I am not a big wine

Chasing the essential, celebrating the mindful.

These last couple of years, people tend to talk about terroir, barrels, batonnage, etc. Big wine is a thing. Not saying it's not important, but when I drink wine with my friends, we just talk about life and have fun. As simple as that. Soil, subsoil, barriques–we couldn't care less.

Every winemaker wants to make a big wine and works hard on it. But, truth be told, most of the wines that have made a mark on me weren't big. They simply had some energy to share with their drinkers. Drunk at the right time, in the right place, and with the right people, which I think is way more important. Most of the really good winemakers that inspire me don't showcase their wine as “big” anyways.

And this wine is my answer to that. I'm happy doing “small“ wines as long as it's fun to make them. Based on wines with the highest zing, usually only a little skin contact, usually old vines. In 2017, it was Riesling, Chardonnay and a pinch of local varietals from a couple of different vineyards. Aged in local acacia barrels for freshness yet still some ability to age.

2018 continues in the same direction, with a shift to single-vineyard sourcing. This is how I want to make the White Labels now: pick all the grapes from one vineyard, gently press, put in one big barrel, let it be for ~2 years, and then just bottle at the right moment. Maybe it sounds lazy, but when you have wise vines in unique locations, there's no need for blending alchemy, no need to try to make it big - nature has already gifted you with the right size of everything. Riesling + a bit of sth else grown on the sand of our Sahary plot.

The 2018 is also the first vintage that saw us release our White Label gems also in a limited amount of bigger bottles - mags, double mags, five-liters (this one is REALLY big). So I lost my previous tagline "bottled it in 750ml so no bigness possible anyways", but gained something else: huge flasks ironically called "I am not a big wine" that are a great party companion.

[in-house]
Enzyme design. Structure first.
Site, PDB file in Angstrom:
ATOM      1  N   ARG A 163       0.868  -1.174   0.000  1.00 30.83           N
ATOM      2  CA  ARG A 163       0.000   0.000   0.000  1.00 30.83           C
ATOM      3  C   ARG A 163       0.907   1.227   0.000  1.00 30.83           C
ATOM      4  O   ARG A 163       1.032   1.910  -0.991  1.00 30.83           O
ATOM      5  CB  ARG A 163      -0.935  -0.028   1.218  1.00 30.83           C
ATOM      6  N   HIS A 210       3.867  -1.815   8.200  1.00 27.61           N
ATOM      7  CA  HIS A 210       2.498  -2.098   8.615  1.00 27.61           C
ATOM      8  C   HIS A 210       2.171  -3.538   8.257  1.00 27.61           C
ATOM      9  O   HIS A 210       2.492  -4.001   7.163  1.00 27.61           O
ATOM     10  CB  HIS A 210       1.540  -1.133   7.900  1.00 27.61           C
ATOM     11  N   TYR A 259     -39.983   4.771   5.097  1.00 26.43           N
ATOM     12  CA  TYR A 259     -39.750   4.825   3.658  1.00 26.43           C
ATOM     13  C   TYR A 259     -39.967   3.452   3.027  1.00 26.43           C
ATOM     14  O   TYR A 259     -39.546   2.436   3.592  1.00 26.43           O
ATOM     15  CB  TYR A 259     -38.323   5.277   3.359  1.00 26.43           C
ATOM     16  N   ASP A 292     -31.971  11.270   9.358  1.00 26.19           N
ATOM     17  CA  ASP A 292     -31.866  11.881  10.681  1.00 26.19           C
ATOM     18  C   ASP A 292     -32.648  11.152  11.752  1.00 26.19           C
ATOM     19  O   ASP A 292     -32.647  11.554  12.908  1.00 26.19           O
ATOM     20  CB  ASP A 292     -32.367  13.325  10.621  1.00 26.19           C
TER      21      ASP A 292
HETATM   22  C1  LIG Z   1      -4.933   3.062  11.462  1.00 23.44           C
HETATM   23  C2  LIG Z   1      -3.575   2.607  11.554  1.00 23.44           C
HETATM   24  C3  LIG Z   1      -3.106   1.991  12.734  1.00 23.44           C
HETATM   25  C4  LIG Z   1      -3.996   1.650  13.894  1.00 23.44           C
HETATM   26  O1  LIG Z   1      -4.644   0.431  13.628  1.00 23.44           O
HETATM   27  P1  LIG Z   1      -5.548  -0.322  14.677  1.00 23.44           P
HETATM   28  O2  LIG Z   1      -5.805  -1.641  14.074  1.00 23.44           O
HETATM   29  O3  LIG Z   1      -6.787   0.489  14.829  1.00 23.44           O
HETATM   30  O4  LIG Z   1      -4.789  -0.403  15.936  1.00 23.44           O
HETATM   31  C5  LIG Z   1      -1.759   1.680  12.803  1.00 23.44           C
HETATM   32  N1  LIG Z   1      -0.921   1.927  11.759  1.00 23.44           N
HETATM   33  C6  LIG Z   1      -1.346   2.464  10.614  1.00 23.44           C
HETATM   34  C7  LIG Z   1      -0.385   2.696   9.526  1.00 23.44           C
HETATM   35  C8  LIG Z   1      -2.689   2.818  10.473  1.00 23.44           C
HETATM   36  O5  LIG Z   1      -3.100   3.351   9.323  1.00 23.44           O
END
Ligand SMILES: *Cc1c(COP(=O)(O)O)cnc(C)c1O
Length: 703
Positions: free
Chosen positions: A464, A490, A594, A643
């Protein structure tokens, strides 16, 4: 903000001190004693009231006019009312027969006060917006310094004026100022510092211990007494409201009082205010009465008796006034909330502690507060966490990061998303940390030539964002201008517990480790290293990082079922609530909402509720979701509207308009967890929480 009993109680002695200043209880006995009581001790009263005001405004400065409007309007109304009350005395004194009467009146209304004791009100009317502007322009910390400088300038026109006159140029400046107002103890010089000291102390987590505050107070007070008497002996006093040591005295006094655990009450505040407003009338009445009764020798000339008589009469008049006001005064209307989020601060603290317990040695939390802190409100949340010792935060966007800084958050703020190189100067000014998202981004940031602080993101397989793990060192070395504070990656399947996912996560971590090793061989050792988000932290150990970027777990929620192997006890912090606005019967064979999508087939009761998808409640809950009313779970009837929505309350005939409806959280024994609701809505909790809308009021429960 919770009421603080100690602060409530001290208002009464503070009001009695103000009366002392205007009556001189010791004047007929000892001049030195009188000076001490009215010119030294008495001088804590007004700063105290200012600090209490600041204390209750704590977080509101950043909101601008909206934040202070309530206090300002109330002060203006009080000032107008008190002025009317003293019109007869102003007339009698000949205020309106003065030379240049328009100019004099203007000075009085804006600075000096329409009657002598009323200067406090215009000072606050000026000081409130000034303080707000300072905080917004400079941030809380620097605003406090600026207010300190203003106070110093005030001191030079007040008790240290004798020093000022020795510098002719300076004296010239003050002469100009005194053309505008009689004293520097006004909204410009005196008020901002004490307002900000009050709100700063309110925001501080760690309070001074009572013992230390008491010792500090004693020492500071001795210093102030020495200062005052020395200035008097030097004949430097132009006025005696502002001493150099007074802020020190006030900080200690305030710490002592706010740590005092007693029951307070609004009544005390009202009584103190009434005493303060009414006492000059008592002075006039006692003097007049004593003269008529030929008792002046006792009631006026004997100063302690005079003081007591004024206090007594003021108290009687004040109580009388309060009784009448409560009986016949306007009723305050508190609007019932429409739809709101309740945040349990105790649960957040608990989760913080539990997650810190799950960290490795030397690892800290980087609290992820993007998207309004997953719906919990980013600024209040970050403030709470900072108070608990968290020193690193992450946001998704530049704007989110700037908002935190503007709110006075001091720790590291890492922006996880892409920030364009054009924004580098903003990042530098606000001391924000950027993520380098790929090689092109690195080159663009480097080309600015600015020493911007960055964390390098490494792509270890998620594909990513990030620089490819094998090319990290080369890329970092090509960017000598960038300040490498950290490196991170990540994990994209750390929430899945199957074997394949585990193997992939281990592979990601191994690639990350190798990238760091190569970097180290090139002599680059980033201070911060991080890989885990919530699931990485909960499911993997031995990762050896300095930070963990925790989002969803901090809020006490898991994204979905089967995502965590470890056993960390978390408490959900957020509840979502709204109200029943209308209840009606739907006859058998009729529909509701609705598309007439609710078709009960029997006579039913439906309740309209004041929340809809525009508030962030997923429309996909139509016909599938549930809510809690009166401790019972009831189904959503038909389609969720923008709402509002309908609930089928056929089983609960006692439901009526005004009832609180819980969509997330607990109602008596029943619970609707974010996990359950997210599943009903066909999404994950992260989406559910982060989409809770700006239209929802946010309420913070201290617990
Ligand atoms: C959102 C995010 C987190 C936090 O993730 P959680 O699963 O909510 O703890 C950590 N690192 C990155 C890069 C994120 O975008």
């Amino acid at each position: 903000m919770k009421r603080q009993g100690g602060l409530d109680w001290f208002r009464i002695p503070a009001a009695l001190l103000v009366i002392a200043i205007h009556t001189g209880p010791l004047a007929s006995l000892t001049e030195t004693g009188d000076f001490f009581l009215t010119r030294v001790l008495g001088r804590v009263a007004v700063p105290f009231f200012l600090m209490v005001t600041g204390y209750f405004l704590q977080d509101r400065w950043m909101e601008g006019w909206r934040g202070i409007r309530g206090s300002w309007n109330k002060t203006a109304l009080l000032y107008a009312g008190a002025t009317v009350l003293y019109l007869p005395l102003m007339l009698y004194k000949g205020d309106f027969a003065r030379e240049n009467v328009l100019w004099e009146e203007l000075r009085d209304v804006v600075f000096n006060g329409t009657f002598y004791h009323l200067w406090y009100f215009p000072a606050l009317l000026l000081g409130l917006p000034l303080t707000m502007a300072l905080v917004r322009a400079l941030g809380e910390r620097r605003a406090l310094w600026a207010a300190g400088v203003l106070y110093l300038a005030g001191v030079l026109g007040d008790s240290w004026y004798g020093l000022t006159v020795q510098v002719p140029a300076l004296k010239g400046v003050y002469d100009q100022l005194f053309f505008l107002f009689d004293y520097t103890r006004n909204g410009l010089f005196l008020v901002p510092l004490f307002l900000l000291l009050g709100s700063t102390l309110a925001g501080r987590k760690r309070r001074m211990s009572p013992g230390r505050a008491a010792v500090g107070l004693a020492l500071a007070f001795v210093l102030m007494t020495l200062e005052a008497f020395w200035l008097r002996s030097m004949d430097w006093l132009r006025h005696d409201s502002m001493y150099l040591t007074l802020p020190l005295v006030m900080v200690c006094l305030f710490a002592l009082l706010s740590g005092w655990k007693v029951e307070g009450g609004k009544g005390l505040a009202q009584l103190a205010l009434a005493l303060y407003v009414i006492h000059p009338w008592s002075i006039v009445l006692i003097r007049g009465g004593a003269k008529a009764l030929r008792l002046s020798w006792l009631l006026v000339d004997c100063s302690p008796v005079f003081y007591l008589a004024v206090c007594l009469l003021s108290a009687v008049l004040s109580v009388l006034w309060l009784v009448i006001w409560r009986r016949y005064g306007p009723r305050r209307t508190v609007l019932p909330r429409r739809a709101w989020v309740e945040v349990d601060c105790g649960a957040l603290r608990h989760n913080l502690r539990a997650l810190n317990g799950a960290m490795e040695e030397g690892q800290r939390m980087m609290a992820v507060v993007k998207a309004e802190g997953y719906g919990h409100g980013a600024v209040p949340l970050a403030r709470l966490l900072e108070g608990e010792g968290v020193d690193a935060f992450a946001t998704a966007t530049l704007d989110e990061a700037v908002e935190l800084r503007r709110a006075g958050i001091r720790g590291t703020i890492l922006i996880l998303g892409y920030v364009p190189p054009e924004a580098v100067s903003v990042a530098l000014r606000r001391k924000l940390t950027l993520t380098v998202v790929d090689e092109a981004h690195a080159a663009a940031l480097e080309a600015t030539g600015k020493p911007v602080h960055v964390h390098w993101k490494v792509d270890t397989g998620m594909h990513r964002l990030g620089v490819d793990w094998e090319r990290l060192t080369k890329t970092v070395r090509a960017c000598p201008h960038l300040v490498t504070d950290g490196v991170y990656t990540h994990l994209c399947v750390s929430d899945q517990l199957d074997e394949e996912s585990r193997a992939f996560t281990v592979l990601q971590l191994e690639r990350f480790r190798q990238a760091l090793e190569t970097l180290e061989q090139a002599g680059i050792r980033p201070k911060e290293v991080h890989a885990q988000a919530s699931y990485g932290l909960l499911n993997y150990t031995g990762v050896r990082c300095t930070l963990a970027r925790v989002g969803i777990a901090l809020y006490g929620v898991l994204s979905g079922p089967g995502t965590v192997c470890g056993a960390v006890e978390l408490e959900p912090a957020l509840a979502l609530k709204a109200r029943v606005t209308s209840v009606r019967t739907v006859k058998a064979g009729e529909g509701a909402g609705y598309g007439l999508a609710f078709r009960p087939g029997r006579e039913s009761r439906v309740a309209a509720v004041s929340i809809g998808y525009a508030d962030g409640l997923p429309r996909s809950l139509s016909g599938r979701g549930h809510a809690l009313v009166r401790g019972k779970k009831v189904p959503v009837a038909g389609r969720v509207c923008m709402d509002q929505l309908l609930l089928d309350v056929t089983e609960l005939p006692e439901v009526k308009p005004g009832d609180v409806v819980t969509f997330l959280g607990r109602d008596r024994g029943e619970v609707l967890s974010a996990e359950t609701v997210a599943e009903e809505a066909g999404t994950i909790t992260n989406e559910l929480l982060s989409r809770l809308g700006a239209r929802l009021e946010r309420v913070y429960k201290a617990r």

The story behind the White Label I'm 200% positive that the most important thing is the person who makes the wine. It’s not about a varietal, or a famous village in a famous region - because even those wines can get the bad karma of being massacred in the cellar. It's all about the name on the bottle. A name you can trust, because you know how the winemaker works and that it's a style you enjoy. Hence the Nestarec white label, with my signature on it. (A tad prettier than IRL because my usual scribble is unreadable.) Together with Tereza, my graphic designer, we started taking out elements that weren’t essential - until only “Nestarec” and the name of the wine remained. A purist approach to both what's in the bottle and on it. Because, as they say, perfection is achieved not when there is nothing more to add, but when there is nothing left to take away.

I don't wanna look like a natural-born sage - it took me some time to get there. My journey, like many others, has been paved with gold engravings and curlicues, like on a fancy tombstone. “Nestarec, a wine for funerals”, as a friend of mine dubbed it back then. Oops. But I remember that period fondly - it's a part of my evolution. No regrets, like in that famous Edith Piaf song.

Wanna drink this?  These are the guys to ask where to get my wine in your country, or buy our White Labels Tasting pack here.

Files to download:

White Label

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